Surface Water monitoring in South Africa Part 1

Christoff Le Grange - Dept Water Affairs and Forestry, South Africa , 28 November, 2003

The climate of South Africa varies from desert and semi-desert in the west (rainfall less than 200mm mean annual) to sub-humid along the eastern coastal areas (more than 1000 mm mean a1mual) with an average annual rainfall of approximately 500 mm. As a consequence of the topography and rainfall distribution, the natural availability of water across the country is very unevenly distributed, with more than 60% of the river flow arising from only 20% of the land area.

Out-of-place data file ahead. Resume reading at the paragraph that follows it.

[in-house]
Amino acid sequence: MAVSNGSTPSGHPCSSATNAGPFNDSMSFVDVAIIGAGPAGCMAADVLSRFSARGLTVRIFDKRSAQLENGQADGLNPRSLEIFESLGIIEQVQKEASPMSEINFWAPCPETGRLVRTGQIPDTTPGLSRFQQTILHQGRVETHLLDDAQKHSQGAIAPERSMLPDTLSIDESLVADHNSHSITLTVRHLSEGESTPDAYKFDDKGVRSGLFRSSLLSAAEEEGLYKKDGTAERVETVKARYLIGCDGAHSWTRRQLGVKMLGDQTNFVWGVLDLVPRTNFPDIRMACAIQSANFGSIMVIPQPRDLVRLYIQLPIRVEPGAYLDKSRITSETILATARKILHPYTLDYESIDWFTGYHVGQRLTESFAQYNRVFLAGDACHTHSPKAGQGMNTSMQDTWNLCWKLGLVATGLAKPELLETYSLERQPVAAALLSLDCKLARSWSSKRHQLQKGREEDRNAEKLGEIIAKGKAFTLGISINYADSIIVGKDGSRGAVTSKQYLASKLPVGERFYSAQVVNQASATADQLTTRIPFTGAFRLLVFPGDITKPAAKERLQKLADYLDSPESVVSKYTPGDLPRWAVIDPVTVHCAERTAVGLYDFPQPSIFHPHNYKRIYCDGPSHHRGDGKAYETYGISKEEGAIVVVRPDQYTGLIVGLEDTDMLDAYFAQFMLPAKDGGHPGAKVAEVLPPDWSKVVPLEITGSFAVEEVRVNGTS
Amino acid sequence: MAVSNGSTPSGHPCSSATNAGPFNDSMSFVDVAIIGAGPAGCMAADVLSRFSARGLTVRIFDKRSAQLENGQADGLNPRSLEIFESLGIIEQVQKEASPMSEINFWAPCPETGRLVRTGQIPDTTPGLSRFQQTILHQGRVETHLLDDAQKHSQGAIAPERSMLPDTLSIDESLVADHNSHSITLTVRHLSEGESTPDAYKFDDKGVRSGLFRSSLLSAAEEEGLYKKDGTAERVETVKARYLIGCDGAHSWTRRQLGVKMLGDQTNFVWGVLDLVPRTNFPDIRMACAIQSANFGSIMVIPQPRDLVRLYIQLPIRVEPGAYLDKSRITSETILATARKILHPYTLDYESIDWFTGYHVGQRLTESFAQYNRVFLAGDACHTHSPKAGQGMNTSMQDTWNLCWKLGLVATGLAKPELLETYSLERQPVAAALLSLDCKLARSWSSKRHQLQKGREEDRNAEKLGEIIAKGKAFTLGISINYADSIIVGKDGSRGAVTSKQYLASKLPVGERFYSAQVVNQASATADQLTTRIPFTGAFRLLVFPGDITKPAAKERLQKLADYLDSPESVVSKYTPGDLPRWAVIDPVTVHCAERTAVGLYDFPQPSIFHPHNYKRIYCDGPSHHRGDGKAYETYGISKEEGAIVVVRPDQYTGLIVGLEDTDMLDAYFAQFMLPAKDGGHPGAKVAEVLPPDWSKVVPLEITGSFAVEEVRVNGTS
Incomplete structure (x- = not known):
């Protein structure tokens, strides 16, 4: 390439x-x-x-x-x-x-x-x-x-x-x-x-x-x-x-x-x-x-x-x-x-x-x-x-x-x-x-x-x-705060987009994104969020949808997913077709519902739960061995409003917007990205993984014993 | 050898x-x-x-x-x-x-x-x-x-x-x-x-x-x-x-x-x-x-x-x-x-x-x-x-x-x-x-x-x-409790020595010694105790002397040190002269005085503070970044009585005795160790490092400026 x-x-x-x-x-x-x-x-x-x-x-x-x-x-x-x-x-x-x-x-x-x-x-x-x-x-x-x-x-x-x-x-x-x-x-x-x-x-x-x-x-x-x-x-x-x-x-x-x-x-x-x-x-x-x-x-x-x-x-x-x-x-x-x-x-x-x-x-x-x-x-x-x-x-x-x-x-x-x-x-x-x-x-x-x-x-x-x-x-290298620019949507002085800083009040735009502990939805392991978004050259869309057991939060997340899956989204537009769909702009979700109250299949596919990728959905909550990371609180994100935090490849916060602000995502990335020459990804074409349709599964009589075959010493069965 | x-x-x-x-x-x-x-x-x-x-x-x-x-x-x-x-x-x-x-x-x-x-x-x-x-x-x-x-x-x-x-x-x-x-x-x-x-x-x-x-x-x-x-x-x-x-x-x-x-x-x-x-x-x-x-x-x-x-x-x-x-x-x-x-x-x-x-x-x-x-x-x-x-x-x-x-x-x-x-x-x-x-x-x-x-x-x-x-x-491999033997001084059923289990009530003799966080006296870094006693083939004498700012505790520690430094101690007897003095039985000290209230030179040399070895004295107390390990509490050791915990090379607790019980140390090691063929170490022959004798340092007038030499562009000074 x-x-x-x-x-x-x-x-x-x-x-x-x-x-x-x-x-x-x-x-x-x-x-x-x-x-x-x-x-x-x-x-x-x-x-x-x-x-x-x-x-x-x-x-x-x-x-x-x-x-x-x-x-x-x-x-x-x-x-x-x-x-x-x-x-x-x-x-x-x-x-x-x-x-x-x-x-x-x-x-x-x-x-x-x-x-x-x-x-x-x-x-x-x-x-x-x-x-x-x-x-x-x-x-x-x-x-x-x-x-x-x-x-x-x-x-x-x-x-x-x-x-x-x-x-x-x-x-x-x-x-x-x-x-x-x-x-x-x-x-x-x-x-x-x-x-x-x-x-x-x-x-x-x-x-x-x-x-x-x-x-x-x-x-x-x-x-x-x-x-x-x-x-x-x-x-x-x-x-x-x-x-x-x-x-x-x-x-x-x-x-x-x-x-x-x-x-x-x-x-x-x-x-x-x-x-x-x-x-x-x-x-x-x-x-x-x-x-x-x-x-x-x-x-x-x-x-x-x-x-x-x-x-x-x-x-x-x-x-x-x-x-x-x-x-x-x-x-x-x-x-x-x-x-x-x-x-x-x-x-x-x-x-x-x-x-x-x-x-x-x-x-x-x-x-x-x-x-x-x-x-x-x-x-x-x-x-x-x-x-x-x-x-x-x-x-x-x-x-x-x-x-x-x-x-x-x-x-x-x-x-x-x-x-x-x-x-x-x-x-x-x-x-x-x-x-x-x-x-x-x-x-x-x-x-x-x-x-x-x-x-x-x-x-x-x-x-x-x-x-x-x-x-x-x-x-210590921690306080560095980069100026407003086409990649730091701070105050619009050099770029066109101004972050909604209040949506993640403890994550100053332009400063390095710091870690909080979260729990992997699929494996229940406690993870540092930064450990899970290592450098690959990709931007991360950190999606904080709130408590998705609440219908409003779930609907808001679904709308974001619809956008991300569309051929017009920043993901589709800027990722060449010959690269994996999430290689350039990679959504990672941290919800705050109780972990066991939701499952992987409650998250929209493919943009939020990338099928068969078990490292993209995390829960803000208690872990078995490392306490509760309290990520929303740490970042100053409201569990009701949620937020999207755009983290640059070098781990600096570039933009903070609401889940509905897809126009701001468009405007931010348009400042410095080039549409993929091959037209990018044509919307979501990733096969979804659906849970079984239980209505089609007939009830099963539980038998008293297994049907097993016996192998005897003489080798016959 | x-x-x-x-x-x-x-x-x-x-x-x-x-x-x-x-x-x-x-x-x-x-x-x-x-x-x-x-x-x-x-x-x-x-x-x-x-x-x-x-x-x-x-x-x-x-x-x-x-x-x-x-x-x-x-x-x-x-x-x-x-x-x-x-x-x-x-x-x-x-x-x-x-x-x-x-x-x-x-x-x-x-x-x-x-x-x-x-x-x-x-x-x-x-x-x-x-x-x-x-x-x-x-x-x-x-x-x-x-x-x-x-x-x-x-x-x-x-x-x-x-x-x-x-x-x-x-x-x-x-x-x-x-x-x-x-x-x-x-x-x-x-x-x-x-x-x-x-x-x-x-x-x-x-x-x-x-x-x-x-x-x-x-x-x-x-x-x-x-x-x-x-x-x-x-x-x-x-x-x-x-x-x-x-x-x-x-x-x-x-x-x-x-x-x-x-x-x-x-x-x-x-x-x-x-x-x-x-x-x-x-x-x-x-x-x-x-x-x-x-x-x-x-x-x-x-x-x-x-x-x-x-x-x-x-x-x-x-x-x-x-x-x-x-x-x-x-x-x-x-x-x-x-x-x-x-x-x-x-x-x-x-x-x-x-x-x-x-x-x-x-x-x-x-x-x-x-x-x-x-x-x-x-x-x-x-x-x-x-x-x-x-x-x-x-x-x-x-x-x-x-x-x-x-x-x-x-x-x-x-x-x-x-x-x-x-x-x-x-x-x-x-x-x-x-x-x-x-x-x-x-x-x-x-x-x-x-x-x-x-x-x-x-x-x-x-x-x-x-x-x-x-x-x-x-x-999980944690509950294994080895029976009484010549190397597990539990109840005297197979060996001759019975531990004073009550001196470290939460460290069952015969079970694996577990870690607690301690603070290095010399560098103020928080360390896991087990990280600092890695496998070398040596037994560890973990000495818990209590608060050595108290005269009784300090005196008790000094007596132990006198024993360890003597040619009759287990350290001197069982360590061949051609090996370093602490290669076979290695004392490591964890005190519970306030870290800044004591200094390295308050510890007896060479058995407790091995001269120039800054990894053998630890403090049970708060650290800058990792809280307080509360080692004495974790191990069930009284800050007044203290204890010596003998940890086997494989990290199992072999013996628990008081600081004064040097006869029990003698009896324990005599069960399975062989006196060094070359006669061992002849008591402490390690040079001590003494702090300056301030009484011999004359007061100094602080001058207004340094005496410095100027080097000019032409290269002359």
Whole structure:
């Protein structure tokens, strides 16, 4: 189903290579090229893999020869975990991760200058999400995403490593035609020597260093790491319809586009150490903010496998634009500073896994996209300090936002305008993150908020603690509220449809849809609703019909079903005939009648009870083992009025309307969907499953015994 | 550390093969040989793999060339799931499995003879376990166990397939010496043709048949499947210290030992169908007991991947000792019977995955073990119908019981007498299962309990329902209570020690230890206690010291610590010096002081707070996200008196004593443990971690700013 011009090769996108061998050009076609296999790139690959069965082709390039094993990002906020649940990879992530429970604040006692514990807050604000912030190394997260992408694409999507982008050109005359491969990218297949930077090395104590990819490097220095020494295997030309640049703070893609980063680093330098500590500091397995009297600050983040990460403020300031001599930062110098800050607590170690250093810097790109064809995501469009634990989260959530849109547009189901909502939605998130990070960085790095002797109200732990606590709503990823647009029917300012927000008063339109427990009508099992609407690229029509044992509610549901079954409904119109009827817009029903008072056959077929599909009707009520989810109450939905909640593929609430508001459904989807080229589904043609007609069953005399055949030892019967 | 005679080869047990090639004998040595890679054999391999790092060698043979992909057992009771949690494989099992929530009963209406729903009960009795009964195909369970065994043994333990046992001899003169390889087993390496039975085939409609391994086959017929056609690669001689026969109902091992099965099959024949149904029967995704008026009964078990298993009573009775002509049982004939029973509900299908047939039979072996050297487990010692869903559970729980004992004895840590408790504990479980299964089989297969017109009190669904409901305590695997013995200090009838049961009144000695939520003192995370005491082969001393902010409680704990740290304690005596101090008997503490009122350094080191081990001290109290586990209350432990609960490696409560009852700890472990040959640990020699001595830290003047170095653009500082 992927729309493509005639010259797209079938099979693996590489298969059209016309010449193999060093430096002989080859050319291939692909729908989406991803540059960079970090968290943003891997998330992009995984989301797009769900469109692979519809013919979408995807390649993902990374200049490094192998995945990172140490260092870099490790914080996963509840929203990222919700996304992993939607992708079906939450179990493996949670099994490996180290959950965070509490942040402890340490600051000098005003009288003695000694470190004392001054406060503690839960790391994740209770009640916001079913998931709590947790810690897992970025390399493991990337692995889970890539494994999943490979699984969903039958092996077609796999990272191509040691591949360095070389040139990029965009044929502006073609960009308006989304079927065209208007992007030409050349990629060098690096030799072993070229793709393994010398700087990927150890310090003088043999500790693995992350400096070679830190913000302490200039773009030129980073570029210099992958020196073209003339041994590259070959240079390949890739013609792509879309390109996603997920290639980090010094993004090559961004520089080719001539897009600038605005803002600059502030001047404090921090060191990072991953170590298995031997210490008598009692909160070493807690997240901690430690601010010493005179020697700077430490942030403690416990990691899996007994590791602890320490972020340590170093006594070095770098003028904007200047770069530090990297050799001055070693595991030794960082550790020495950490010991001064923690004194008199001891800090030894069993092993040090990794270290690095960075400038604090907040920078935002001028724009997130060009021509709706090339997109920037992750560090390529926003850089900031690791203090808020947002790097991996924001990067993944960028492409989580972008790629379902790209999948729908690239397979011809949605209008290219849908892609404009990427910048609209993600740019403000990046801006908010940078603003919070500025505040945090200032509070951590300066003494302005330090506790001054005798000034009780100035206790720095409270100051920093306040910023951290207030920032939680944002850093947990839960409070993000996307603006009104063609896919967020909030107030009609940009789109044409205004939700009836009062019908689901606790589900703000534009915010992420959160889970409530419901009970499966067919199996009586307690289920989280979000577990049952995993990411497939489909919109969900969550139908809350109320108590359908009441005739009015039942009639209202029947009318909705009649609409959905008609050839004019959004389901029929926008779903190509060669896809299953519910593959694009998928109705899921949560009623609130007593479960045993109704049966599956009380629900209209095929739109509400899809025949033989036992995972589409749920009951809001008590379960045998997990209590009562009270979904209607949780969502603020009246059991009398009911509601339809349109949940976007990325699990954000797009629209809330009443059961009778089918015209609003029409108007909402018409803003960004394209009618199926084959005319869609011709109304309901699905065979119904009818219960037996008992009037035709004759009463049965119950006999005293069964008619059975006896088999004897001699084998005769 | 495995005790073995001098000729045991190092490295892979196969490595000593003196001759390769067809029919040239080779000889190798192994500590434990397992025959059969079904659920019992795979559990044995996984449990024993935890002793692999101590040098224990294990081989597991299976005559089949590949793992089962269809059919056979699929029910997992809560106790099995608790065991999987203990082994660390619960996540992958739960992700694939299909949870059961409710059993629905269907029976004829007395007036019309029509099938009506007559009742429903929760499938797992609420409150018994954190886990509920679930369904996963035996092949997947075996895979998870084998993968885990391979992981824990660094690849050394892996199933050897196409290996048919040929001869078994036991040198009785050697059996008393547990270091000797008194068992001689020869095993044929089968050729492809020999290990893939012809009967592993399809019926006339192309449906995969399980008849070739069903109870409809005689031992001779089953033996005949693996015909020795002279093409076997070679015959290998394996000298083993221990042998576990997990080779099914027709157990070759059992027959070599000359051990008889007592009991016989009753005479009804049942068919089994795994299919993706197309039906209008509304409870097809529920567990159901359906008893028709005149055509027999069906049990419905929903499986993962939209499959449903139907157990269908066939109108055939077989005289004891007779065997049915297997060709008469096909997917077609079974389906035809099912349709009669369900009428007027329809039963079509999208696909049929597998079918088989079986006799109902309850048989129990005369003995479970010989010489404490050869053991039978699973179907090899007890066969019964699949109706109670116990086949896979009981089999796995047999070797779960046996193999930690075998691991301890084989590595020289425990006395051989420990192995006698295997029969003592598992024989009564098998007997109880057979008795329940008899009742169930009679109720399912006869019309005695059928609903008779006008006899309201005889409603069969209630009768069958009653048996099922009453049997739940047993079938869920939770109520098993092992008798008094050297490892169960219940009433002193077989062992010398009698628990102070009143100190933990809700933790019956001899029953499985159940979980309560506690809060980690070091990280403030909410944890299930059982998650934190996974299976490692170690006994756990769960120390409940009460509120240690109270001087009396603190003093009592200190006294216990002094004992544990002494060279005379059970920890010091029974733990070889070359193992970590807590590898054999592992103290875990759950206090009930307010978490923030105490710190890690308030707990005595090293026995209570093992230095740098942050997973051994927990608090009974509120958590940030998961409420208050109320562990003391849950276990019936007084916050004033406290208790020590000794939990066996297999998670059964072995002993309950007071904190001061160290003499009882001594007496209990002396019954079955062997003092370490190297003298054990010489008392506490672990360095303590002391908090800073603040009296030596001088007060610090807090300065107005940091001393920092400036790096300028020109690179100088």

The Directorate Hydrology of the Department of Water Affairs and Forestry is responsible for the supply of all required information on the quantity and availability of surface water in the RSA. Hydrology maintains and operates the national hydrological network distributed throughout the country. Eight regional offices collect this data in the field and supply it to the Directorate Hydrology in Pretoria for final data processing, quality assurance and availability to all data users. Flow is measured on a continuous basis at more than 1000 stream-flow stations and at approximately 200 flow meters on pipes. Water levels are monitored at about 250 dams. Rainfall data is collected at more than 360 sites and evaporation at about 350 sites. The combined average run-off for South African rivers totals 53 500 million m3 annually – less than half the run-off of the Zambezi River. Of this, large quantities are lost due to evaporation or wastage during floods, and only some 33 000 million m3 can be economically used each year. Groundwater also delivers another 5 400 million m3 annually. A total storage capacity of about 27 000 million m3 has been created by the construction of large dams, holding more than half of the mean annual run-off of the country. City councils, irrigation and water boards also operate a small number of flow stations.